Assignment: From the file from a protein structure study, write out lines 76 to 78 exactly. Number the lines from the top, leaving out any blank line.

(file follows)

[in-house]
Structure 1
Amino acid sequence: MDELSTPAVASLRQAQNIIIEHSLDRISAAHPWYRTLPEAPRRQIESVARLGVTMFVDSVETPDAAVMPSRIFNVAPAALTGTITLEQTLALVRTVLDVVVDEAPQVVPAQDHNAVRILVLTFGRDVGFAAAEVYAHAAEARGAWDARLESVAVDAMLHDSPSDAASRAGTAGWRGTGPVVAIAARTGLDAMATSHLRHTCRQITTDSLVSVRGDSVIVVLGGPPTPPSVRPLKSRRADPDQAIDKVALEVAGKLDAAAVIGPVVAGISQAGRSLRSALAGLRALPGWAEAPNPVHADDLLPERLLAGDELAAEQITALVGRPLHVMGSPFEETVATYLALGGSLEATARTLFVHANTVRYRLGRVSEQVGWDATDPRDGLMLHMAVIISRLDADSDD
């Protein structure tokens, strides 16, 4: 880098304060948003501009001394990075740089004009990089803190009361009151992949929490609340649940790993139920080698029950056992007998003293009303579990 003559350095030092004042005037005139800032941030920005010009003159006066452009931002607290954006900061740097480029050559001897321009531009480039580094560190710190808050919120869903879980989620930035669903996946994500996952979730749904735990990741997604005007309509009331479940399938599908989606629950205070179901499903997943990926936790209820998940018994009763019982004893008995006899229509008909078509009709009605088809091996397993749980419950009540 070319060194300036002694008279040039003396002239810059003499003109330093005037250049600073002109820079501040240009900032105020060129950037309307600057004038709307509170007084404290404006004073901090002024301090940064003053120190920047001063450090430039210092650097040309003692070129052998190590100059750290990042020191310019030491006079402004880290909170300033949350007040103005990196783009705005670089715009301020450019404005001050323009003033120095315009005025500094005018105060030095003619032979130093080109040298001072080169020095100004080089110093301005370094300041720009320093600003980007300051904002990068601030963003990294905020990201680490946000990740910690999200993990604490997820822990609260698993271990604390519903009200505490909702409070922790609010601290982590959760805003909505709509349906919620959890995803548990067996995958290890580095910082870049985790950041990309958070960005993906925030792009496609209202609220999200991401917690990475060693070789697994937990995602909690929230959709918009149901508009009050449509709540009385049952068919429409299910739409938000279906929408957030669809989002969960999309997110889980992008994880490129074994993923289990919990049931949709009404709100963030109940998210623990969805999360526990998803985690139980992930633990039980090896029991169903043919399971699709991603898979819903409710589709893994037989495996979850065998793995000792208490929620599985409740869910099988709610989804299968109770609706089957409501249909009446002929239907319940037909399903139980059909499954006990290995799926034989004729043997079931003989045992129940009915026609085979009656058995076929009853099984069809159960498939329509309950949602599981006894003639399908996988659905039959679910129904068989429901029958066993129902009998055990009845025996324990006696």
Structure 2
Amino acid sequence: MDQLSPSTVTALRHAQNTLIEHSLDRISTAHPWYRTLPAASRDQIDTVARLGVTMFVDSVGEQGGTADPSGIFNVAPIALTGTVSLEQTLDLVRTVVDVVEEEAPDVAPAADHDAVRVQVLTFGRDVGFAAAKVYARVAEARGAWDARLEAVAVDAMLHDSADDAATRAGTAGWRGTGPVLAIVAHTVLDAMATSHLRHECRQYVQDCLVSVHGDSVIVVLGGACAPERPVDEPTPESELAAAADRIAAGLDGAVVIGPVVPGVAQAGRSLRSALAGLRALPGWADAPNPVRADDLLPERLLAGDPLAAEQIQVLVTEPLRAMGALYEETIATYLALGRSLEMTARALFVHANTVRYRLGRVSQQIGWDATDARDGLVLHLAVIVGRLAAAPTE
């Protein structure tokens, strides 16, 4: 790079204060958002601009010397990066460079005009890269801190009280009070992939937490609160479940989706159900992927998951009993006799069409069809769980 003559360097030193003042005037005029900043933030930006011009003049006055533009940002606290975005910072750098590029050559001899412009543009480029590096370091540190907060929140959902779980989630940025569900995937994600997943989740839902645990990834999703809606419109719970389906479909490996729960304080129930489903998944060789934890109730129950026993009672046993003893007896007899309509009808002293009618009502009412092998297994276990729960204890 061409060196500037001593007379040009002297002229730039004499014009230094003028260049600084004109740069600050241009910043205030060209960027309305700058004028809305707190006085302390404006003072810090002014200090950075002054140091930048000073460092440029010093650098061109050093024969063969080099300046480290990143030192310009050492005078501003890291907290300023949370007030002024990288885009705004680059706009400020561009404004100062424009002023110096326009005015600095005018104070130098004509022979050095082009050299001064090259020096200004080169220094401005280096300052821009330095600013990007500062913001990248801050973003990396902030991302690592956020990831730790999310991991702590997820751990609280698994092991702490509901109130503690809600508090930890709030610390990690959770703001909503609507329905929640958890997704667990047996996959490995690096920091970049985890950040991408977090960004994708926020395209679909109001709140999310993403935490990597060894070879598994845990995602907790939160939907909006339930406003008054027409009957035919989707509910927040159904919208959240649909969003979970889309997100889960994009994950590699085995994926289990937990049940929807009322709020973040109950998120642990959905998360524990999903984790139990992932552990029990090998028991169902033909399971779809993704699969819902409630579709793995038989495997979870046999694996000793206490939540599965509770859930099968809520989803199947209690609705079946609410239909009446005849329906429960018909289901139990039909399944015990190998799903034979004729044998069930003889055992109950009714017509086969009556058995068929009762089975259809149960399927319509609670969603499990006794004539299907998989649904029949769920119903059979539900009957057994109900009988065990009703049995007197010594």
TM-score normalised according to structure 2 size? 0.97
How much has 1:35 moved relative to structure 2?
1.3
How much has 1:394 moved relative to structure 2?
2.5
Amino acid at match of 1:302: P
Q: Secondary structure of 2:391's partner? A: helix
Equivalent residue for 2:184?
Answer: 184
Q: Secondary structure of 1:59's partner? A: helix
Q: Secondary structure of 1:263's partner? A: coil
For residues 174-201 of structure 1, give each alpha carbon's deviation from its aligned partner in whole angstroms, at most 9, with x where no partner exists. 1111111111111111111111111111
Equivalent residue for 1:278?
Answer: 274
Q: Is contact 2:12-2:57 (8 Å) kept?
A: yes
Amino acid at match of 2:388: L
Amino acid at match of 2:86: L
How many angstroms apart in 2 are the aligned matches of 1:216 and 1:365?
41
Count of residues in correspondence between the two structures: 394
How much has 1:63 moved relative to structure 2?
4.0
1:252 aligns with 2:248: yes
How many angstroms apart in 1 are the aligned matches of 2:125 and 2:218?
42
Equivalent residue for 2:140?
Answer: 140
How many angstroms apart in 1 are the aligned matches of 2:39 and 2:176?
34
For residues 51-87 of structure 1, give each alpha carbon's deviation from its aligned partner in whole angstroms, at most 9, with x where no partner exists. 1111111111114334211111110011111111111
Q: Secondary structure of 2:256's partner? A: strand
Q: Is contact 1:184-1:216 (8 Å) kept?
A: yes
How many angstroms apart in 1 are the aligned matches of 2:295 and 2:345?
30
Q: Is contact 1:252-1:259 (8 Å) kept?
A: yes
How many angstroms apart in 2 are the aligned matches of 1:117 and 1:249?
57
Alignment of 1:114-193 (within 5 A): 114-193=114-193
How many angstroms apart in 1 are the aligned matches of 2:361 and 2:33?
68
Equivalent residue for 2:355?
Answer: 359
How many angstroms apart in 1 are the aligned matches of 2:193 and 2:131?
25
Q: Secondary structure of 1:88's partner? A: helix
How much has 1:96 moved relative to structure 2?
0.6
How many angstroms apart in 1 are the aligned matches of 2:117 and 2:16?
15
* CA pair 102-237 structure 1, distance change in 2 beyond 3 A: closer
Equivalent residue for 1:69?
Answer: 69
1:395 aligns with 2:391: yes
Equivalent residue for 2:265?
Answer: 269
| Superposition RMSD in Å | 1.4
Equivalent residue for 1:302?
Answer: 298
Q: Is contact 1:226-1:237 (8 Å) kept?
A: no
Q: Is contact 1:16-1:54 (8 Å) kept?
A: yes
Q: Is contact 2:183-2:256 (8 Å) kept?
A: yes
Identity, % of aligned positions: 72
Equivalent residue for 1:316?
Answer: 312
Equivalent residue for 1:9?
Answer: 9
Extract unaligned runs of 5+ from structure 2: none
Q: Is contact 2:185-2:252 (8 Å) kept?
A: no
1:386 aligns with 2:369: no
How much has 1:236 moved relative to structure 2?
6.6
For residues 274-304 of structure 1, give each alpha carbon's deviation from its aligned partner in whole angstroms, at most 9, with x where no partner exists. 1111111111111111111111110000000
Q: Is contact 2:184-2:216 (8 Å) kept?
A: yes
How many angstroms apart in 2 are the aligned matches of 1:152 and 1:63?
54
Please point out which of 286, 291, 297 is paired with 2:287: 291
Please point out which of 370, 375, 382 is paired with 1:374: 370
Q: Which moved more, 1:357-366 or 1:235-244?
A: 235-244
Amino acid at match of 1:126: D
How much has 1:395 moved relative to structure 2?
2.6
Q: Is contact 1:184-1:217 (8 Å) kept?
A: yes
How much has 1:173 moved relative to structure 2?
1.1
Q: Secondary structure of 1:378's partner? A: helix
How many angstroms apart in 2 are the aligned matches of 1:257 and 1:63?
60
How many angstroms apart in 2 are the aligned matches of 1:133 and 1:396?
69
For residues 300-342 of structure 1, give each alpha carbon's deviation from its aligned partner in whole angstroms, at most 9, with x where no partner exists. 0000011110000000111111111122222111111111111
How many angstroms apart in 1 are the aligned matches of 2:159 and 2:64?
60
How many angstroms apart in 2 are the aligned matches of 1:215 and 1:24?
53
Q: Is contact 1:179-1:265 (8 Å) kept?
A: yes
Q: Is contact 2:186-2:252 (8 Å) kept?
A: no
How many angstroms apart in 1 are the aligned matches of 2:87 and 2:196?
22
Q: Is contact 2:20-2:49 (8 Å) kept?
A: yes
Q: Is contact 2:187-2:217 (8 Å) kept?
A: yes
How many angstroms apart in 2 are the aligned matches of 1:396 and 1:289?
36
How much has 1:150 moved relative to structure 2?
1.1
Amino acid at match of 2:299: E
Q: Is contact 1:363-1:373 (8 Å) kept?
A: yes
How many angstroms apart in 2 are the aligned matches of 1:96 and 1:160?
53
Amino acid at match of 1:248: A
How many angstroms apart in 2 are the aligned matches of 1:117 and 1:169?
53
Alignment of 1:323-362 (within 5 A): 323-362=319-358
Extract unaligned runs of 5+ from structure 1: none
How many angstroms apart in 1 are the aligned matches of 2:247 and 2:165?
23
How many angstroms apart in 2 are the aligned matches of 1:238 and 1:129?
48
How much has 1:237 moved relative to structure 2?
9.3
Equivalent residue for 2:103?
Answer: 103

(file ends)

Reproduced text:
Equivalent residue for 1:316?
Answer: 312
Equivalent residue for 1:9?